Modelling and simulation of a dual-clutch transmission vehicle to analyse the effect of pump selection on fuel economy

R. Ahlawat, H. K. Fathy, B. Lee, J. L. Stein, D. Jung

Research output: Contribution to journalArticlepeer-review

26 Scopus citations


Positive displacement pumps are used in automotive transmissions to provide pressurised fluid to various hydraulic components in the transmission and also lubricate the mechanical components. The output flow of these pumps increases with pump/transmission speed, almost linearly, but the transmission flow requirements often saturate at higher speeds, resulting in excess flow capacity that must be wasted by allowing it to drain back to the sump. This represents a parasitic loss in the transmission leading to a loss in fuel economy. To overcome this issue, variable displacement pumps have been used in the transmission, where the output flow can be reduced by controlling the displacement of the pump. The use of these pumps in automatic transmissions has resulted in better fuel economy as compared with some types of fixed displacement pumps. However, the literature does not fully explore the benefits of variable displacement pumps to a specific type of transmission namely, dual-clutch transmission (DCT), which has different pressure and flow requirements from an epicyclic gear train. This paper presents an analysis of the effect of pump selection on fuel economy in a five-speed DCT of a commercial vehicle. Models of the engine, transmission, and vehicle are developed along with the models of two different types of pumps: a fixed displacement gerotor pump and a variable displacement vane pump. The models are then parameterised using experimental data, and the fuel economy of the vehicle is simulated on a standard driving cycle. The results suggest that the fuel economy benefit obtained by the use of the variable displacement pump in DCTs is comparable to the benefit previously shown for these pumps in automatic transmissions.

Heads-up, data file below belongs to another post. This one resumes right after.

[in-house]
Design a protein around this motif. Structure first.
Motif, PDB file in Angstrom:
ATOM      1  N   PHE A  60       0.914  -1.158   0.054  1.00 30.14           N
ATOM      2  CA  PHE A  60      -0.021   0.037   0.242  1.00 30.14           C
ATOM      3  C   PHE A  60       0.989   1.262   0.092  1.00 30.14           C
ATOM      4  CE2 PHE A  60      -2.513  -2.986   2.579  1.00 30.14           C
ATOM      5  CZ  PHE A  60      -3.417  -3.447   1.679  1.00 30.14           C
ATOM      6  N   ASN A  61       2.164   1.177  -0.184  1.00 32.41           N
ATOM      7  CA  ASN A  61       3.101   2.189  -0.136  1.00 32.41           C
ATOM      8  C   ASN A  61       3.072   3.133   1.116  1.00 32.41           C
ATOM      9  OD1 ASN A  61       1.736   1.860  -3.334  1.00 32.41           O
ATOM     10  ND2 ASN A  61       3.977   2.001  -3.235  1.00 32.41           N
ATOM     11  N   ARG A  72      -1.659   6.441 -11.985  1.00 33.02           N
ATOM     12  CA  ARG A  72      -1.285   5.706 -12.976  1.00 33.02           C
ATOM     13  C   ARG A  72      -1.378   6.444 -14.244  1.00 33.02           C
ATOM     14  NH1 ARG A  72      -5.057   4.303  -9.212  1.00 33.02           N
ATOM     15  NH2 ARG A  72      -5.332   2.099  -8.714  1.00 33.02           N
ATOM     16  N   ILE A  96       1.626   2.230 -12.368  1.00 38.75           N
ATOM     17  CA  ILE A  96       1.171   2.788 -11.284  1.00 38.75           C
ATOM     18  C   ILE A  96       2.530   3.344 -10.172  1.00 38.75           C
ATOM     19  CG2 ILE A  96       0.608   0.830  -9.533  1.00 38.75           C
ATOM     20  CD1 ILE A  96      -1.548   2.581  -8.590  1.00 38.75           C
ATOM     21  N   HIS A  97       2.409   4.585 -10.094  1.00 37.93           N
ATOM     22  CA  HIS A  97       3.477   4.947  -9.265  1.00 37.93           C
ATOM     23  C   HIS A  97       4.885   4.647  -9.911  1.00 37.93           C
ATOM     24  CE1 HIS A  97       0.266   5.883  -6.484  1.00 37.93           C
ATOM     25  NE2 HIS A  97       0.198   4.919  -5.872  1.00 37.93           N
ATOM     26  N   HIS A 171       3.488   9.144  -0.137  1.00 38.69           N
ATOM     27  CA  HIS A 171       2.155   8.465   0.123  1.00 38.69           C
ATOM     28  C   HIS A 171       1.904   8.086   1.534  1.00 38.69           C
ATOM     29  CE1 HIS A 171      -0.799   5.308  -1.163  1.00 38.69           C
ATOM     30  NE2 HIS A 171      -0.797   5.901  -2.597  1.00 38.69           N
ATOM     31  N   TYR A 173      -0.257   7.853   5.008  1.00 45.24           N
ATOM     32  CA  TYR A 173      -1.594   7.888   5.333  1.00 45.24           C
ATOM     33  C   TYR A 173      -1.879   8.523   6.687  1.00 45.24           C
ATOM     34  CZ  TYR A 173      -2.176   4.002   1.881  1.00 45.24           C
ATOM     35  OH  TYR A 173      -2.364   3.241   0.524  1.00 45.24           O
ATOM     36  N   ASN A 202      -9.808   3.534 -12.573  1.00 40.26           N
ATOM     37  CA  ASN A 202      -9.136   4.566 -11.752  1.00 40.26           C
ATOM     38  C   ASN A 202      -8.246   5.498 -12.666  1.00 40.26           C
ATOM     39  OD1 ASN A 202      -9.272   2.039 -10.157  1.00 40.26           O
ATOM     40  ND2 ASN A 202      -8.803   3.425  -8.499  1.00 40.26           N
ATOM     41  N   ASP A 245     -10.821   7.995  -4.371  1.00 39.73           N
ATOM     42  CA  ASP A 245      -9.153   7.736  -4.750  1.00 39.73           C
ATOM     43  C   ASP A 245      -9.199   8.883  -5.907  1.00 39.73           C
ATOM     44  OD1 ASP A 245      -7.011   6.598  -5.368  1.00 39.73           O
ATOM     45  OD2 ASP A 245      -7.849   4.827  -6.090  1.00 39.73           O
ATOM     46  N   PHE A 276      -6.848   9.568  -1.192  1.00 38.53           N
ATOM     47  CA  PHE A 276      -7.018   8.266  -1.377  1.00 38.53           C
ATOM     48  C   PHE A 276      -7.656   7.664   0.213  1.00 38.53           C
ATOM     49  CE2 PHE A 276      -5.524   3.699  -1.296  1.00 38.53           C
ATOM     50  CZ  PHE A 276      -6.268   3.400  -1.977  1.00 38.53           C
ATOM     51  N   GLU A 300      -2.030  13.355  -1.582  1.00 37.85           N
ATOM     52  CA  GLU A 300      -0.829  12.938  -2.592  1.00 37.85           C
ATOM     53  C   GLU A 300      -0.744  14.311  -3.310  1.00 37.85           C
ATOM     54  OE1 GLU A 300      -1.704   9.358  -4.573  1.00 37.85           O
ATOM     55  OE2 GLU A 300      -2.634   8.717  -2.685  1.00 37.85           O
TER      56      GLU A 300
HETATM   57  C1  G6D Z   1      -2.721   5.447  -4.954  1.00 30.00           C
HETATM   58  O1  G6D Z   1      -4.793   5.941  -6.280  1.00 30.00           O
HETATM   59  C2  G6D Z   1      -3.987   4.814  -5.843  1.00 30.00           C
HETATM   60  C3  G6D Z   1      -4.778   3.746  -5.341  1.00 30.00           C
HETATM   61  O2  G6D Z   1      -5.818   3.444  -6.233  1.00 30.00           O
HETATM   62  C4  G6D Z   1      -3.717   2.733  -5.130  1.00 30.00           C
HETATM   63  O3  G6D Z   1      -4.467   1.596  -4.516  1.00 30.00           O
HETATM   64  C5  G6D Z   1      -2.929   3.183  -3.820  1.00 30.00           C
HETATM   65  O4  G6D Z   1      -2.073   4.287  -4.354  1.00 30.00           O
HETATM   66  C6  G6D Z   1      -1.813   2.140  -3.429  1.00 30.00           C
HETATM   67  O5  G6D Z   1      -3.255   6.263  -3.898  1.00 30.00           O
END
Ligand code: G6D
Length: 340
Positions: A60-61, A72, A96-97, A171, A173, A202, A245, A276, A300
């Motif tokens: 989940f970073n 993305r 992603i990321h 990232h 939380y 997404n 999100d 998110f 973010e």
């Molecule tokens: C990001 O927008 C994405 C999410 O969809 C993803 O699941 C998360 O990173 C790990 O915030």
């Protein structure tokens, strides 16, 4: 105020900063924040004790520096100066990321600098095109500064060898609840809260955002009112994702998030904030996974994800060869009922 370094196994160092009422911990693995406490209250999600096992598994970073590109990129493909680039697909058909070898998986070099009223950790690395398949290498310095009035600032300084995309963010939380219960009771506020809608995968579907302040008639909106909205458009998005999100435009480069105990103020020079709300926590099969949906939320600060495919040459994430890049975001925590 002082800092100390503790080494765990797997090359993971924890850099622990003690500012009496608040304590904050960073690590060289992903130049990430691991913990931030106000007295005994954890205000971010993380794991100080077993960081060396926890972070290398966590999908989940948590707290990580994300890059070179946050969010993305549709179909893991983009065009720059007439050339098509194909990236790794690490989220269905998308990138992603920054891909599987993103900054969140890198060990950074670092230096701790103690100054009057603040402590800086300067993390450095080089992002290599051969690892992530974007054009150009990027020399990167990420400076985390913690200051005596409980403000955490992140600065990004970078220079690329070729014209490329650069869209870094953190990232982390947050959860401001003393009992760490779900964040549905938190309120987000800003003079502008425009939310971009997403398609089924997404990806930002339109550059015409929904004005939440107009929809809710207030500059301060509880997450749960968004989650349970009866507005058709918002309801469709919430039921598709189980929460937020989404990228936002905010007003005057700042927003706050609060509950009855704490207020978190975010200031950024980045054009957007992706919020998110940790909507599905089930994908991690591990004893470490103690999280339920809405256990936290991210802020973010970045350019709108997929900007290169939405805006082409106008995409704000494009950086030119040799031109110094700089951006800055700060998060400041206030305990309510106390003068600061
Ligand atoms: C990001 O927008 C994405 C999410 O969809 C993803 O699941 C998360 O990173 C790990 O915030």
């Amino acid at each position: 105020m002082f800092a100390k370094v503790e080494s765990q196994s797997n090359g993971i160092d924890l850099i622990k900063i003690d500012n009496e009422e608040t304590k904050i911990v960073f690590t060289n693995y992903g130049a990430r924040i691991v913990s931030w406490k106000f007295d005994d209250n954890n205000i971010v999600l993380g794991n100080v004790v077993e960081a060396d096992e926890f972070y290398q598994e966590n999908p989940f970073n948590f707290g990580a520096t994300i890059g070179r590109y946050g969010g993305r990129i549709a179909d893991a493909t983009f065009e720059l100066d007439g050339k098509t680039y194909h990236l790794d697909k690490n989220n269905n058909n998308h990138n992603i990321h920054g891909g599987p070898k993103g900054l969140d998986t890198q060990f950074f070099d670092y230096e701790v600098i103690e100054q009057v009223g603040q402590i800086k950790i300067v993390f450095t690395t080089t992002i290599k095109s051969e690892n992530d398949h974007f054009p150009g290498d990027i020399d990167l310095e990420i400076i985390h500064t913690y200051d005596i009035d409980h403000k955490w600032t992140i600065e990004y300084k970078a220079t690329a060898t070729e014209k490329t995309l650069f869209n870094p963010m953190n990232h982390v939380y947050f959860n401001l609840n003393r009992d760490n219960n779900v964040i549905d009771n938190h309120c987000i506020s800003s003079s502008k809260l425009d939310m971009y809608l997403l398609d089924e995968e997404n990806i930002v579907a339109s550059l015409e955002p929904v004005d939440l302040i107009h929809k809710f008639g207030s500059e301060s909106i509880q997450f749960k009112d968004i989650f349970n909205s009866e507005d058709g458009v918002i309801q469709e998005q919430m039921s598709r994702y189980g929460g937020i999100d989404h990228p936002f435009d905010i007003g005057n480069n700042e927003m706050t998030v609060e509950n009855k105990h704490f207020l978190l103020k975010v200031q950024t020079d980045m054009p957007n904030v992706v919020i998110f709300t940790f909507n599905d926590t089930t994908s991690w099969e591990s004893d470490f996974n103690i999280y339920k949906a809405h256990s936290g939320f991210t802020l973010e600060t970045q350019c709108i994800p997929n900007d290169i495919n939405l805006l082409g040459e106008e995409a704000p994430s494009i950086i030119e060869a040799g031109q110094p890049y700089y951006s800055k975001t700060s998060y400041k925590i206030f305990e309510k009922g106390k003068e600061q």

Original languageEnglish (US)
Pages (from-to)851-868
Number of pages18
JournalVehicle System Dynamics
Issue number7
StatePublished - Jul 2010

All Science Journal Classification (ASJC) codes

  • Automotive Engineering
  • Safety, Risk, Reliability and Quality
  • Mechanical Engineering


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